Skeptical ability: +19/-1
Offline Offline

Posts: 2767



« Reply #28 on: November 22, 2016, 13:28:07 PM »

Yeah, no, kinda..
Logged
Tweefo
Hero Member
*****

Skeptical ability: +9/-0
Offline Offline

Posts: 1447



WWW
« Reply #29 on: November 26, 2016, 12:11:08 PM »

So what is the trick here? https://www.youtube.com/watch?v=Yqk283c5zBo
Logged
Mefiante
Defollyant Iconoclast
Hero Member
*****

Skeptical ability: +58/-9
Offline Offline

Posts: 3660


In solidarity with rwenzori: Κοπρος φανεται


WWW
« Reply #30 on: November 26, 2016, 13:05:14 PM »

The trick is hype and obfuscation.  I’ll put good money on it that the hidden “central pendulum” draws from an external power source to keep the whole contrivance going.  Why do I say this?  First, because it’s hidden and there’s no sound reason why that should be so.  In fact, the brass upright and casing at the base would only decouple the central pendulum from the external magnets that supposedly keep it oscillating.  Second, because when you watch the device in operation, there are lots of things happening at the same time, several of which entail energy losses, such as the rolling friction of the ball on the circular rail, friction in the pendulum pivots, heat and collision losses after the ball triggers each of the three actuators, air friction on moving parts, magnetic hysteresis, etc.

I’m not in the least worried that this guy has found a way around the laws of thermodynamics.  And, contrary to what the video’s narrator asserts, I highly doubt he’s a mathematician in any meaningful sense of that word.

'Luthon64
Logged
brianvds
Hero Member
*****

Skeptical ability: +12/-0
Offline Offline

Posts: 1483



« Reply #31 on: November 26, 2016, 14:28:56 PM »


I’m not in the least worried that this guy has found a way around the laws of thermodynamics.  And, contrary to what the video’s narrator asserts, I highly doubt he’s a mathematician in any meaningful sense of that word.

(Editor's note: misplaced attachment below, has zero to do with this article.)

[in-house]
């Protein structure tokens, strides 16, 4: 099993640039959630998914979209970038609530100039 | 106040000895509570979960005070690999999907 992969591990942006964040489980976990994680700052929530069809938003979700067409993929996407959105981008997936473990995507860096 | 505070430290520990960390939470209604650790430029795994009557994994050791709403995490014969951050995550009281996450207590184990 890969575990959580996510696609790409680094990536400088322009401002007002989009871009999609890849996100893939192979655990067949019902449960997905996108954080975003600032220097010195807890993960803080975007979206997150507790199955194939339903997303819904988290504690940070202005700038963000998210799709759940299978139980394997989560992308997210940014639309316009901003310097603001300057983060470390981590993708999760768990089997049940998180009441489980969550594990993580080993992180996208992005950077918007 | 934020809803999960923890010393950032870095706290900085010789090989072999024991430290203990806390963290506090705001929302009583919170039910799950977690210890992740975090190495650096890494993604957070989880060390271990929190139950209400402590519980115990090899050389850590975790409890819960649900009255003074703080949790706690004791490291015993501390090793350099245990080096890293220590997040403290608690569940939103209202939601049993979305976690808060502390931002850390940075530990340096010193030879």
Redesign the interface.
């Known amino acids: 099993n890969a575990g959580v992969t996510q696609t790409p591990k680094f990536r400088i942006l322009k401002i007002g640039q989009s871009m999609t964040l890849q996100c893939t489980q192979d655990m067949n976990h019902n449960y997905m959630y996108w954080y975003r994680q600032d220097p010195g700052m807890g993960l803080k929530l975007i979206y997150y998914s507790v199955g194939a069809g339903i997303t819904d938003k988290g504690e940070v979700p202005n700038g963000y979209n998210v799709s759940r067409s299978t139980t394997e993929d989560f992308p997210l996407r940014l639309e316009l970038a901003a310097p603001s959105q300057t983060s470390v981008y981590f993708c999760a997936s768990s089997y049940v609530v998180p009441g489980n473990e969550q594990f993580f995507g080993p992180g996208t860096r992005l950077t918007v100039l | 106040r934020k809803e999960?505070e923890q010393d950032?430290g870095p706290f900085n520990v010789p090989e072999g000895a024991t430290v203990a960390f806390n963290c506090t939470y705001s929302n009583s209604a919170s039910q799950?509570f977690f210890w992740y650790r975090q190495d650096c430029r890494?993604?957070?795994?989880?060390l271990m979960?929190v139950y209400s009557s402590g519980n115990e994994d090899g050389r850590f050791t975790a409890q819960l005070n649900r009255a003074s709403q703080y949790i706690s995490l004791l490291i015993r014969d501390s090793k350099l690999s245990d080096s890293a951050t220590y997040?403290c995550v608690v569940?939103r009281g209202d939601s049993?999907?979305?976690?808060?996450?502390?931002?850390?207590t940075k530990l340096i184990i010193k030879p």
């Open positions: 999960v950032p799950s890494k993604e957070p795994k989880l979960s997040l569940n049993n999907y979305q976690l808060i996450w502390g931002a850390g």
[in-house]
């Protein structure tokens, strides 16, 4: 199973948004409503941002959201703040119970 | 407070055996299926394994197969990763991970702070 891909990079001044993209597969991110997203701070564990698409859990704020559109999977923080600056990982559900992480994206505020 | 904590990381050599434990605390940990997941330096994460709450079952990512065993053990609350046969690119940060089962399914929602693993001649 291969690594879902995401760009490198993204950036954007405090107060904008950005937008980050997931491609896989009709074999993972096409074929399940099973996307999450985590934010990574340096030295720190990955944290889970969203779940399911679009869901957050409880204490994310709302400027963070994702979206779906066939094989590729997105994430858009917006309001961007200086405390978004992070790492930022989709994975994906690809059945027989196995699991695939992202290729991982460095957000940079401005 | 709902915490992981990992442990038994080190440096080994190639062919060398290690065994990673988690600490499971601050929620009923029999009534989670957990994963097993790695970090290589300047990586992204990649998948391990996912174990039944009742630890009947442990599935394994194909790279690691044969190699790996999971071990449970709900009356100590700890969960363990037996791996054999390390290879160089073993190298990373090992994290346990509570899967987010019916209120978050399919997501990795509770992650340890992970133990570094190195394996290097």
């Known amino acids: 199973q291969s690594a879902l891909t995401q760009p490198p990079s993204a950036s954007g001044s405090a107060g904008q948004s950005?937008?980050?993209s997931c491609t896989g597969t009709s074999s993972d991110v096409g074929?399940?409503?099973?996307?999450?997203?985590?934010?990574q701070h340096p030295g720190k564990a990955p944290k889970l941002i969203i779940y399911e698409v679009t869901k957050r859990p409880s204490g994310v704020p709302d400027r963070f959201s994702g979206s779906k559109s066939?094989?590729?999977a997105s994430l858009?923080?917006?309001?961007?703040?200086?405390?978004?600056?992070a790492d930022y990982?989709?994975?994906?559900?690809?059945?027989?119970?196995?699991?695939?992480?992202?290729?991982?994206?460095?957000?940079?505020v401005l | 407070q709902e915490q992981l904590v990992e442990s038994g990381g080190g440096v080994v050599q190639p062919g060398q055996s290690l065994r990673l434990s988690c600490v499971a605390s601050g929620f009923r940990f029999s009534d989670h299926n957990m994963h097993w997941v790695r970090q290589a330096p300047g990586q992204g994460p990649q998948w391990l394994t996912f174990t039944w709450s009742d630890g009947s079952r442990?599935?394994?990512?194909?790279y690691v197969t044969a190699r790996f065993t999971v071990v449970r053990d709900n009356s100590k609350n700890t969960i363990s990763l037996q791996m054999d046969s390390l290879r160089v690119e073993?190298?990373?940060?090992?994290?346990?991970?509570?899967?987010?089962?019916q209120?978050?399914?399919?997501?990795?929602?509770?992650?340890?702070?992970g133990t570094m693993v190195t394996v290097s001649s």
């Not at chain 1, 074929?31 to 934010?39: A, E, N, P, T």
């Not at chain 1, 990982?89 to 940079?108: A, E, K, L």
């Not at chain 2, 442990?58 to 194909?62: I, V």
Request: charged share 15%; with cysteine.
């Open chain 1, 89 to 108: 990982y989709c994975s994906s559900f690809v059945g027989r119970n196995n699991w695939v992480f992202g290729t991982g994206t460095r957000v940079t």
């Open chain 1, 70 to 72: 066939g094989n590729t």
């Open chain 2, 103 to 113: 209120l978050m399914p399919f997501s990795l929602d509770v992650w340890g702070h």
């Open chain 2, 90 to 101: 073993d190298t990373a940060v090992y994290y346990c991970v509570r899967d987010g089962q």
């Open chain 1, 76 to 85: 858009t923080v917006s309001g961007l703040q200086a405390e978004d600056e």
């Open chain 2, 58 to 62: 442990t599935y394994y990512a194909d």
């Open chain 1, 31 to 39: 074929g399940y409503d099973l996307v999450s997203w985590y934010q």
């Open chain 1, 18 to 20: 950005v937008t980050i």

Easy enough to make wild claims of qualifications; people do it all the time. Years ago I ran into "Dr" Douglas Forbes, inventor of the Human PIN Code. I see there was even a thread about it here:

http://forum.skeptic.za.org/general-skepticism/human-pin-code/

He got his, er, Ph.D. from a diploma mill and couldn't refer me to his doctoral thesis. I even wrote to the diploma mill in question, only to be told that they don't just give out copies of students' theses.

He made all manner of wild claims, such as that he held a patent on a mini black hole for garbage disposal and that he "solved Pythagoras' Octagon Theory" (whatever the freck that is). And people fell for it hook, line and sinker. For a while there he was something of a minor celebrity.

I learned about him from an excited friend who is a very decent person, but jeez, she's as gullible as they come. She even did all his expensive courses to become a PIN Code practitioner herself. Eventually switched to face reading, of which she is now a hugely successful practitioner, and indeed she has achieved significantly more celebrity status than "Dr." Forbes could dream of.
Logged
BoogieMonster
NP complete
Hero Member
*****

Skeptical ability: +19/-1
Offline Offline

Posts: 2767



« Reply #32 on: November 28, 2016, 08:19:40 AM »

If you want your children to thrive: Teach them how to lie with a straight face and eschew pesky morality stuff. It's too late for me.

Recently someone giddily pointed out to me that their "Vape" only releases "2 or 3 chemicals", unlike cigarettes with their "thousands", and are thus safe. Pontificating on whether pure Arsenic is as dangerous as the thousands of chemicals in a Banana .... but we never got that far.
Logged
Pages: 1 2 3 [All]   Go Up
  Print  


 
Jump to:  

Powered by SMF 1.1.11 | SMF © 2006-2009, Simple Machines LLC
Page created in 0.663 seconds with 23 sceptic queries.
Google visited last this page May 26, 2017, 10:27:49 AM
Privacy Policy